Date of Award

Fall 1993

Project Type


Program or Major


Degree Name

Doctor of Philosophy

First Advisor

Sarah Way Sherman


This dissertation examines the iconography and psychology of prostitution as a motif in the fiction of Ernest Hemingway. After identifying the prostitutional dynamics that form a recurring pattern throughout Hemingway's work and personal life, the discussion focuses primarily on exploring the implications of those dynamics in Hemingway's three major novels: The Sun Also Rises (1926), A Farewell to Arms (1929), and For Whom the Bell Tolls (1940).

What this study contends is that the literal and figurative presence of prostitution as a theme in Hemingway's narratives operates on two basic levels. On one level, the prostitution elements represent the pathology of gender relationships in modern culture. By structuring the sexual encounters between male and female protagonists in terms of a prostitutional exchange, Hemingway portrays his characters as trapped in a cycle of masked pretense and emotional extortion antithetical to genuine, freely shared love and intimacy. On the other level, the prostitute imagery represents archetypal female sexual power and creative force, submerged but surviving in modern culture despite the oppression of male gender politics. In Hemingway's fictional worlds, however, this creative power is conceived as non-gendered psychic energy emanating from the unconscious.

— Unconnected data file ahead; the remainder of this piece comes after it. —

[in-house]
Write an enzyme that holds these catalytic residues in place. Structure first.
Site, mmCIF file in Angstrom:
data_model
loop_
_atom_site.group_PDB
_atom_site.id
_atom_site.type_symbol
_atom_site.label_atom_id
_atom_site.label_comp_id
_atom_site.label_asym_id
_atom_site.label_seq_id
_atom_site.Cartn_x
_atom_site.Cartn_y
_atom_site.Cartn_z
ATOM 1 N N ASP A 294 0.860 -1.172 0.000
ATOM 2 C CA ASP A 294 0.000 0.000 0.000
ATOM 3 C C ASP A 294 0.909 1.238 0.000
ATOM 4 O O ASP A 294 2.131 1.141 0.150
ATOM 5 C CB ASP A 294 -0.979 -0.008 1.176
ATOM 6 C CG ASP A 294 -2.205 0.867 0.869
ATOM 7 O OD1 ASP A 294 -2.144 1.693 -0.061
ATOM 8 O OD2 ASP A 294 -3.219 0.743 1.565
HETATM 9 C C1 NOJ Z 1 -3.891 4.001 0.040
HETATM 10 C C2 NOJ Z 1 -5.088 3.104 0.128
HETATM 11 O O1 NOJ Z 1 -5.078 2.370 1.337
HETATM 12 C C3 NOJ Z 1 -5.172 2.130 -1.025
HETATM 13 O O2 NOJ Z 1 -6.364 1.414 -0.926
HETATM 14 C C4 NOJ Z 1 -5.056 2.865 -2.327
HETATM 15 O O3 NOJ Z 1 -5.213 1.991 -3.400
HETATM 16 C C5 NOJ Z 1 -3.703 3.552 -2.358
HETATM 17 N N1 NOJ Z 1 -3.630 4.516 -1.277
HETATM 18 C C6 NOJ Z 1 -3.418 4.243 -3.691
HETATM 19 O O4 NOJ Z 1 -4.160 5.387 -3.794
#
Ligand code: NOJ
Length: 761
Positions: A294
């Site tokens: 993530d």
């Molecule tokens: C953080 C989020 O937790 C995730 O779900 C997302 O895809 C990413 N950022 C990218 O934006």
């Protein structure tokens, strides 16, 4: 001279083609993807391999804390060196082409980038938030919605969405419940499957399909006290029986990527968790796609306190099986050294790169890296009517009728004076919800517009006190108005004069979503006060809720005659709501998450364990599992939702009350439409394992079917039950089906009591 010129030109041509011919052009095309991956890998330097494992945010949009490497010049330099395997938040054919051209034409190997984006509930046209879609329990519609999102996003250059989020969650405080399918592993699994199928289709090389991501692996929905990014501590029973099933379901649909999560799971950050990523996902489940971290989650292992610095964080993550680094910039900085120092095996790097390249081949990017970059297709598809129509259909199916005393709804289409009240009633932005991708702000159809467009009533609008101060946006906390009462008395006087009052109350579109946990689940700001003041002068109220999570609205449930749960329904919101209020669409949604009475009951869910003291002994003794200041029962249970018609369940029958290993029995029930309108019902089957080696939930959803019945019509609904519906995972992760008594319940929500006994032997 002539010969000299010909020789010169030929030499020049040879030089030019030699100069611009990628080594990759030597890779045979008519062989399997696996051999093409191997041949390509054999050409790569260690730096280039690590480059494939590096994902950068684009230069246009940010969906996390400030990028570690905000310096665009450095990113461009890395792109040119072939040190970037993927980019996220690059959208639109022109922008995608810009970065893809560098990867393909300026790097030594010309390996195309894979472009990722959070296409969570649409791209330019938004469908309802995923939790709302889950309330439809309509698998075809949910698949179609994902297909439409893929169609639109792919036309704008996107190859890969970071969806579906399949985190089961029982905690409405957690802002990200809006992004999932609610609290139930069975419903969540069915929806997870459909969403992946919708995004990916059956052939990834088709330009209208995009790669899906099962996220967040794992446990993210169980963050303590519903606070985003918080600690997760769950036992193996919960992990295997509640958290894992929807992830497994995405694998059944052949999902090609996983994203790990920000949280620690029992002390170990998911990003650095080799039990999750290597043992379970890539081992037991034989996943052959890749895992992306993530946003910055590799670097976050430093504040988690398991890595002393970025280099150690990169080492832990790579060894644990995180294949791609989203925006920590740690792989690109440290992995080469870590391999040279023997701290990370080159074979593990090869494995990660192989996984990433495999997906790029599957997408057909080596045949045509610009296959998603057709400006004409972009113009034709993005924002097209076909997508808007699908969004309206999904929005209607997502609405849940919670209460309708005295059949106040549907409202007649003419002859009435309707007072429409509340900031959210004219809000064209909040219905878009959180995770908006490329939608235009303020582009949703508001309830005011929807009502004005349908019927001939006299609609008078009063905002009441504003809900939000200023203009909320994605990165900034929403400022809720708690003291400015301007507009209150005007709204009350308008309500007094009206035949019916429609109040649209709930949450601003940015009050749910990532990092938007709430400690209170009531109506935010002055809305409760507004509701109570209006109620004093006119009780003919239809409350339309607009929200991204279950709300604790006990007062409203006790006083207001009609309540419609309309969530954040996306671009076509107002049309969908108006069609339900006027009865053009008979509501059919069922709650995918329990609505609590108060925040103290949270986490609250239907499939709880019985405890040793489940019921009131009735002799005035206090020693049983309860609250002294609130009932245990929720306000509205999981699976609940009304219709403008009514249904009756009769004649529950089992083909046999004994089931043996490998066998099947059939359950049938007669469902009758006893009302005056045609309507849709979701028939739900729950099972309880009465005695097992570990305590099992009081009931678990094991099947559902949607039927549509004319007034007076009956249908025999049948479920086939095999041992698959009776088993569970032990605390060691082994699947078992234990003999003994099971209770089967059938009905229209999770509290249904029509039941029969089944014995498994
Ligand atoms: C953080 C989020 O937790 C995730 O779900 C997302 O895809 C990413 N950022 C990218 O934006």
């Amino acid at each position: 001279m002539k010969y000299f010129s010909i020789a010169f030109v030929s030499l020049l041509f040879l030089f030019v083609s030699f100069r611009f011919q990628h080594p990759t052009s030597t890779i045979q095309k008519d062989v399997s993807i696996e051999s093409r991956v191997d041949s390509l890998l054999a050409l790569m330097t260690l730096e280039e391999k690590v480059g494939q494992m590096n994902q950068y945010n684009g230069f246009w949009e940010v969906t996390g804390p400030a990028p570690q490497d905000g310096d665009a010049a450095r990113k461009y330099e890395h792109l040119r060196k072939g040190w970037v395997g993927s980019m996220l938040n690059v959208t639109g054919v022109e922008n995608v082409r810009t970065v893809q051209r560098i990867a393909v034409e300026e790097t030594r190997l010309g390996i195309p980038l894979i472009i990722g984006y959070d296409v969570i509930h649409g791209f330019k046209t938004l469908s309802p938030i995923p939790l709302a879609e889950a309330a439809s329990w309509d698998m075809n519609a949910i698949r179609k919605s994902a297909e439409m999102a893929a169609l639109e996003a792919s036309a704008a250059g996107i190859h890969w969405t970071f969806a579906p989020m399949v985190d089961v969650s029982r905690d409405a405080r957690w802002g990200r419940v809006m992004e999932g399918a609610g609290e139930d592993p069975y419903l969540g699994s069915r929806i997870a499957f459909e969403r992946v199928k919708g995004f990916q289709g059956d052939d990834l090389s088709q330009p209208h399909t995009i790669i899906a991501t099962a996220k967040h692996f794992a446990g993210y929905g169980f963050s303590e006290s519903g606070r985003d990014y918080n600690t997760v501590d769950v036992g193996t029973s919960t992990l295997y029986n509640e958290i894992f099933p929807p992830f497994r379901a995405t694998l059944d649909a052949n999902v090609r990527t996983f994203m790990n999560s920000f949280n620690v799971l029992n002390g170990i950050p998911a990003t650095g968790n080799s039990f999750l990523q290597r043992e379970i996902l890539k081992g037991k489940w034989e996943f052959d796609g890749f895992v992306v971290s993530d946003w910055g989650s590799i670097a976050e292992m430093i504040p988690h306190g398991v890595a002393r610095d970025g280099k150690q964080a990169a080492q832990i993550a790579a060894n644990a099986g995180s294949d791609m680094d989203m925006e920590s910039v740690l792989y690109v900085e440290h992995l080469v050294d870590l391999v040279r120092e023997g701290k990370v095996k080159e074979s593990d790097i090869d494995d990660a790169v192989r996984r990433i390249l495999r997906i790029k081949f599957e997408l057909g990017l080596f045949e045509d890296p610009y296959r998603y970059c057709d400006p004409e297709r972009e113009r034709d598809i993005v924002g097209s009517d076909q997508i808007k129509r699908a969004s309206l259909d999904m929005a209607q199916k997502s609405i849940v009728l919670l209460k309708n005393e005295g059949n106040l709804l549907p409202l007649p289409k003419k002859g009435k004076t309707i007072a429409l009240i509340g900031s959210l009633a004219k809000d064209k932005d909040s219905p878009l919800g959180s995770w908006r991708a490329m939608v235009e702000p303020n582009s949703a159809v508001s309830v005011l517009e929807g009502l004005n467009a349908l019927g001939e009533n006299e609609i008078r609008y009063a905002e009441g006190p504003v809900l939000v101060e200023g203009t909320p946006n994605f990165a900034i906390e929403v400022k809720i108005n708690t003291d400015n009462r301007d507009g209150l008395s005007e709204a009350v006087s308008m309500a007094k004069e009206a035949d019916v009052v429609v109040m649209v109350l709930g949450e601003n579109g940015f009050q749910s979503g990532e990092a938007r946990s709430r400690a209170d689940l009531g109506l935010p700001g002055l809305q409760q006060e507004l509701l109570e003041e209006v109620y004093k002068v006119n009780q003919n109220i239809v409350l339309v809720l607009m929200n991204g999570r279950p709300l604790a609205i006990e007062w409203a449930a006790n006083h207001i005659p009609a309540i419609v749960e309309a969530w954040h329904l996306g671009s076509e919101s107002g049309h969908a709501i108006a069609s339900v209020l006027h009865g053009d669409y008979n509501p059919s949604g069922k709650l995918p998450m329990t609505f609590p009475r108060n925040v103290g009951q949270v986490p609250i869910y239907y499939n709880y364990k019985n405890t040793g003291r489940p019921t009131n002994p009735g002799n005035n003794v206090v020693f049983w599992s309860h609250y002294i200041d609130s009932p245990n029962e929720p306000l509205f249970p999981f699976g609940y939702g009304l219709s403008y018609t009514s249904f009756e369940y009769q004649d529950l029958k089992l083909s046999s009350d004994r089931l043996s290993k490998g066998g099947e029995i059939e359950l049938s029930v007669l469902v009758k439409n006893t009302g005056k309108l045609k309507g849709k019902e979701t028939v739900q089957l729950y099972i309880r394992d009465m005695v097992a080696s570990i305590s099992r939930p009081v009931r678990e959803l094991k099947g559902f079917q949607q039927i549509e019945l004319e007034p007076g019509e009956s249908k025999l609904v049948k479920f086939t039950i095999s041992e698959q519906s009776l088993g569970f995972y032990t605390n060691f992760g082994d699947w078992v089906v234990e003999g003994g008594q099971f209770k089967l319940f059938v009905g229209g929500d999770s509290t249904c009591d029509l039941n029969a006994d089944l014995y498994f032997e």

These two conflicting dimensions of the prostitution motif become the driving force of the model of self that structures the consciousness of all Hemingway's major characters--male and female. It is a model based on the prostitute as an emotionally wounded victim who survives psychologically by maintaining a fragile sense of self through "dissociating" from the sexual acts performed during the prostitute/john exchange. To heal this psychic fragmentation and reclaim a more holistic sense of self, the "prostitute consciousness" must go on a transformative, regenerative psychic journey in order to break free of the inner paralysis of protective detachment inherent in the emotional strategy enforced by the oppressive prostitution contract. This process of renegotiating one's emotional survival mechanisms in order to redefine or recast the self--a process symbolized by the psychological dynamics of prostitution--constitutes the paradigmatic struggle for self-realization facing all characters in Hemingway's texts.